Occupational Deprivation: A Consequence of Australia's Policy of Assimilation
Zeldenryk, Lynne Michelle, and Yalmambirra, - (2006) Occupational Deprivation: A Consequence of Australia's Policy of Assimilation. Australian Occupational Therapy Journal, 53 (1). pp. 43-46.
|PDF (Published Version) - Repository staff only - Requires a PDF viewer such as GSview, Xpdf or Adobe Acrobat Reader|
View at Publisher Website: http://dx.doi.org/10.1111/j.1440-1630.20...
Wilcock (2003) has recently reminded our profession of the importance of understanding the occupational experiences of the past, in order to recognise how historical events impact on the health of individuals and communities today. One area of Australia’s history we have found to be notably absent from occupational therapy and occupational science literature is that of the forced removal of indigenous children from their families. However, we believe this period of Australian history holds many lessons for our profession. Hence, within this paper we aim to give a brief overview of Australia’s policy of assimilation of indigenous Australians and how enactment of this policy deprived indigenous youth of engagement in culturally significant occupations. We argue that this lack of engagement of culturally significant occupations is a clear example of occupational deprivation. Whiteford (2000) describes occupational deprivation as ‘a state of preclusion from engagement in occupations of necessity and/or meaning due to factors that stand outside the immediate control of the individual’ (p. 201).
Within this paper, we analyse how the forced removal of children from their families and communities, through the Commonwealth policy of assimilation, was indeed an external force of control that deprived indigenous children of culturally significant occupations.
This paper outlines our analysis of three aspects of occupational deprivation we believe resulted from children being forcibly removed from their families. (i) in Deprivation of a culturally significant social environment, we discuss how indigenous children were denied access to their families, and consequently prevented from learning their cultures and their associated roles and occupations; (ii) in Spiritual deprivation of one’s land and story, we examine how children were prevented from engaging in occupations relating to the stories of their people, their land and their role within society (the Dreamings, the Dreamtime and/or the Dreaming); (iii) in Deprivation of initiation processes, we analyse how children were denied their rightful place in initiation processes, ceremonies, and occupations, leading to the preclusion of the establishment of culturally significant roles within their community. We will examine evidence of these significant forms of occupational deprivation in an attempt to gain some insight into an area of occupational justice which, so far, has been left untouched within occupational therapy literature.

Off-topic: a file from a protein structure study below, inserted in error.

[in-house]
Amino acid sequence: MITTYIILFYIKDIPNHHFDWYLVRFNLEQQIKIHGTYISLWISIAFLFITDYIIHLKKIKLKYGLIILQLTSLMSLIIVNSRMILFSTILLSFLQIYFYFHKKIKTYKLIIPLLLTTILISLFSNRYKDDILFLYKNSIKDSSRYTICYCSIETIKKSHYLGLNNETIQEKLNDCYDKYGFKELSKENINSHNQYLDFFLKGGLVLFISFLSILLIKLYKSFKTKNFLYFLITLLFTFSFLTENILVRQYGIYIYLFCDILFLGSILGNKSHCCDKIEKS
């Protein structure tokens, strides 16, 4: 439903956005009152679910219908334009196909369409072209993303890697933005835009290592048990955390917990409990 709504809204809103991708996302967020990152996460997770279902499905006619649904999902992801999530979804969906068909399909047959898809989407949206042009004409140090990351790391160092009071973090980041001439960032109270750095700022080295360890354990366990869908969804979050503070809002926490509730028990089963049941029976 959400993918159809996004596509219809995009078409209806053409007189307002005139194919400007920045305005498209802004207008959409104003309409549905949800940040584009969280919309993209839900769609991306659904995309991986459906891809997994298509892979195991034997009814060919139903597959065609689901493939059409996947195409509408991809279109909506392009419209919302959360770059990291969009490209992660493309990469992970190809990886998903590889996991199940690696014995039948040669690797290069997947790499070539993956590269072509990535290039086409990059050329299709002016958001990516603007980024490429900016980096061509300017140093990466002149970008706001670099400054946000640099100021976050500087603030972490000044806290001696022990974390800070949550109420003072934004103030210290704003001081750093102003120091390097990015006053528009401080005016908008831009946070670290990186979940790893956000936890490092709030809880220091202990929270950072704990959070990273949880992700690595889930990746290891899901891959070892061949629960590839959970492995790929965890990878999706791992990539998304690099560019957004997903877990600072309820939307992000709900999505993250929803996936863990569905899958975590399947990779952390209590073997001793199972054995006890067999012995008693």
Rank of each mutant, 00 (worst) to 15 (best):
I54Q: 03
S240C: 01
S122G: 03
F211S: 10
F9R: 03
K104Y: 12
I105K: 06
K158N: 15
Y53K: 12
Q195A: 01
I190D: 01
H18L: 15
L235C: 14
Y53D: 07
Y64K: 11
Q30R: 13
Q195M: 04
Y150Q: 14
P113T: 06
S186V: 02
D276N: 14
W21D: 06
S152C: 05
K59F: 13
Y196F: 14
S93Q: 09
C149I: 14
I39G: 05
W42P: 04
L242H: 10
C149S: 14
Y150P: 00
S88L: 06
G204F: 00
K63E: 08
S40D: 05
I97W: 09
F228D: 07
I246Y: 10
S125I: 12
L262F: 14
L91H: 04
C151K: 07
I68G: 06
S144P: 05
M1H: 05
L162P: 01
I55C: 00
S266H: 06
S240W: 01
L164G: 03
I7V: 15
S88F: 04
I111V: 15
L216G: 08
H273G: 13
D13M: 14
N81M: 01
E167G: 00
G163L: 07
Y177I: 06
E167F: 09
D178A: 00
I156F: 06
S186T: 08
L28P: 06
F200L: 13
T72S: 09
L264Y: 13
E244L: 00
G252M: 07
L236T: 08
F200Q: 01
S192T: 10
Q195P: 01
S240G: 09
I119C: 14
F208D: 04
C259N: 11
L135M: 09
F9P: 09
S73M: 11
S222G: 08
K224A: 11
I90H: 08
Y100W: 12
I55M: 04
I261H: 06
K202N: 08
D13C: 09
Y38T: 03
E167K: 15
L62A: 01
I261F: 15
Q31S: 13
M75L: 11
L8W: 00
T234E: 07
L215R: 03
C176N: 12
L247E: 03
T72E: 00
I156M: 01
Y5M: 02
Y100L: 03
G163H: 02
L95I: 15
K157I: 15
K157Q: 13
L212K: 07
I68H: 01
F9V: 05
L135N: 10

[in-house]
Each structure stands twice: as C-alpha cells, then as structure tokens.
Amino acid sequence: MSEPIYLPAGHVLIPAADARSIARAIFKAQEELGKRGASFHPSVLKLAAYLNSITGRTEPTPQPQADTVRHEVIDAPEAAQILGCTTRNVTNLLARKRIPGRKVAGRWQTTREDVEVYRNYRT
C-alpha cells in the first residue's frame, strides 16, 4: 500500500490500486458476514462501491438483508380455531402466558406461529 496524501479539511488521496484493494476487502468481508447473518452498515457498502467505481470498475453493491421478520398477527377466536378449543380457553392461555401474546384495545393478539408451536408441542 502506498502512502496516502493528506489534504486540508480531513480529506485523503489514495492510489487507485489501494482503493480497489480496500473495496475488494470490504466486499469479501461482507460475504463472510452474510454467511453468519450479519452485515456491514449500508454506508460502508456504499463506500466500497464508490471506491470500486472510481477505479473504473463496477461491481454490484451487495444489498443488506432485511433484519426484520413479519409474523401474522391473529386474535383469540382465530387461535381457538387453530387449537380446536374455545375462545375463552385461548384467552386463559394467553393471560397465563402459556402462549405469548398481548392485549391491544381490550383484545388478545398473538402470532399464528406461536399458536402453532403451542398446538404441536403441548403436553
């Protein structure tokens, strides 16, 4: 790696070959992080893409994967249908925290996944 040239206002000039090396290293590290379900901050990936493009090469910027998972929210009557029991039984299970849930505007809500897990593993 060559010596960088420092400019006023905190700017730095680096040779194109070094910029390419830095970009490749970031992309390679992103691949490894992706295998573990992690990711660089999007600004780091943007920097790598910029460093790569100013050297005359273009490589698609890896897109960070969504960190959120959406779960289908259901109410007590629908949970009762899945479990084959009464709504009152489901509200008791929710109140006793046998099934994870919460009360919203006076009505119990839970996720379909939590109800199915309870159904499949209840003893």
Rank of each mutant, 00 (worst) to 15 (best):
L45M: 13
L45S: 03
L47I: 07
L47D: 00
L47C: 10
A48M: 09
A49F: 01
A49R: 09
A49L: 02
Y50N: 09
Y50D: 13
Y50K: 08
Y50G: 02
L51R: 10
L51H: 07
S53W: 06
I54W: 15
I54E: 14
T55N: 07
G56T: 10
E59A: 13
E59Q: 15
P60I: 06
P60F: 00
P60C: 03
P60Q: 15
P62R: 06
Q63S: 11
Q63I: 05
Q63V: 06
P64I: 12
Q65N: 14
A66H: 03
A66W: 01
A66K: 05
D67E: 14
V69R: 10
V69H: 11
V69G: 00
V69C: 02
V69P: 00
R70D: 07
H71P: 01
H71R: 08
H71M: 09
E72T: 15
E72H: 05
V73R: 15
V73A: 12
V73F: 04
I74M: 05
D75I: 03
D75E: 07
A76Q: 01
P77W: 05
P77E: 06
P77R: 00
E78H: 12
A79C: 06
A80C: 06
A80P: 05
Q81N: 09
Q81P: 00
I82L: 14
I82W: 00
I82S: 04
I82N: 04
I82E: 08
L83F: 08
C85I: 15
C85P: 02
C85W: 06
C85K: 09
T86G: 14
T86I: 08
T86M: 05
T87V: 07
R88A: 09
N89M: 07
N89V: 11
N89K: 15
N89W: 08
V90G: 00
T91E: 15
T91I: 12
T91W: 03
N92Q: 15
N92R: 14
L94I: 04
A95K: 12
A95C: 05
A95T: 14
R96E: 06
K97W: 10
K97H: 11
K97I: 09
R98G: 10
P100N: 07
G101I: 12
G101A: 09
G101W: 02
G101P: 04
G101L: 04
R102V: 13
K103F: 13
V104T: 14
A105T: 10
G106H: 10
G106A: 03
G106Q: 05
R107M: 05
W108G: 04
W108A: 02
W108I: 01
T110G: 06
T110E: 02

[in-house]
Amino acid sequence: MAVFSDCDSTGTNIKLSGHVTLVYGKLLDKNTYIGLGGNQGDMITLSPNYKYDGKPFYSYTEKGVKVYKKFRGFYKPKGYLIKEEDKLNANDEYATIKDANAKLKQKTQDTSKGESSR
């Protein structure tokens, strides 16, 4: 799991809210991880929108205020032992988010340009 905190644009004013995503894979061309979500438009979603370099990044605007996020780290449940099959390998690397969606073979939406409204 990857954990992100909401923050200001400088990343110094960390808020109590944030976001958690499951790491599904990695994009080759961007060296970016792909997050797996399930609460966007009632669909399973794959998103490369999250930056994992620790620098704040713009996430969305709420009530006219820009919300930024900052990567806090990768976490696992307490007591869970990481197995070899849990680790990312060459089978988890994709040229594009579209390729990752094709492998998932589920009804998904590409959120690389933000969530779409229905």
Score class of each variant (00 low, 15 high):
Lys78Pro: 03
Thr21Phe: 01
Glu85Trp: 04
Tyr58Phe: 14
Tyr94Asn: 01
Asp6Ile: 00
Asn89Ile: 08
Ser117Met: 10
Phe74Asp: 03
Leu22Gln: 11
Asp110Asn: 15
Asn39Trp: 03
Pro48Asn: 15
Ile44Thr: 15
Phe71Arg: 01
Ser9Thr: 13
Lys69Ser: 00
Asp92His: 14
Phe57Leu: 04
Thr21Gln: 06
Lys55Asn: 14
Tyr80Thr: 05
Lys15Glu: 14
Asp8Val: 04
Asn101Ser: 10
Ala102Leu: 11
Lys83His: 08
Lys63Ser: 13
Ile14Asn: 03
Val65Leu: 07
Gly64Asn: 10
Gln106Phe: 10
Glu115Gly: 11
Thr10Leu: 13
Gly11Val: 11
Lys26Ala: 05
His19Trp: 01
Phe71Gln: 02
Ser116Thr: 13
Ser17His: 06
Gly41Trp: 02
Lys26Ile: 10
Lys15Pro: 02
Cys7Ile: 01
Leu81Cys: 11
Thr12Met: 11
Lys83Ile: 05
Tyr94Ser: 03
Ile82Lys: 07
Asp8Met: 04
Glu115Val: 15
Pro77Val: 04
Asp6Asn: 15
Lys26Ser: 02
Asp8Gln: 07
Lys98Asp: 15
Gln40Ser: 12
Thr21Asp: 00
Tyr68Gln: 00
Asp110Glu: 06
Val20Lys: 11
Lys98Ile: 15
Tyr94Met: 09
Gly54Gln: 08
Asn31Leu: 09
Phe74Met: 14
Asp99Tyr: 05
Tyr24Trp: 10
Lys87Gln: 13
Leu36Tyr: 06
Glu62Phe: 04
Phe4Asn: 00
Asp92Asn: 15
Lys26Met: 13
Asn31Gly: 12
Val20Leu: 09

|Item Type:||Article (Commentary)|
|Keywords:||assimilation, Indigenous Australians, occupational deprivation, social justice.|
|FoR Codes:||11 MEDICAL AND HEALTH SCIENCES > 1117 Public Health and Health Services > 111701 Aboriginal and Torres Strait Islander Health @ 50%|
11 MEDICAL AND HEALTH SCIENCES > 1199 Other Medical and Health Sciences > 119999 Medical and Health Sciences not elsewhere classified @ 50%
|SEO Codes:||92 HEALTH > 9203 Indigenous Health > 920399 Indigenous Health not elsewhere classified @ 50%|
92 HEALTH > 9202 Health and Support Services > 920201 Allied Health Therapies (excl. Mental Health Services) @ 50%
|Deposited On:||04 May 2010 14:07|
|Last Modified:||05 Jun 2013 15:34|
Last 12 Months: 0
Repository Staff Only: item control page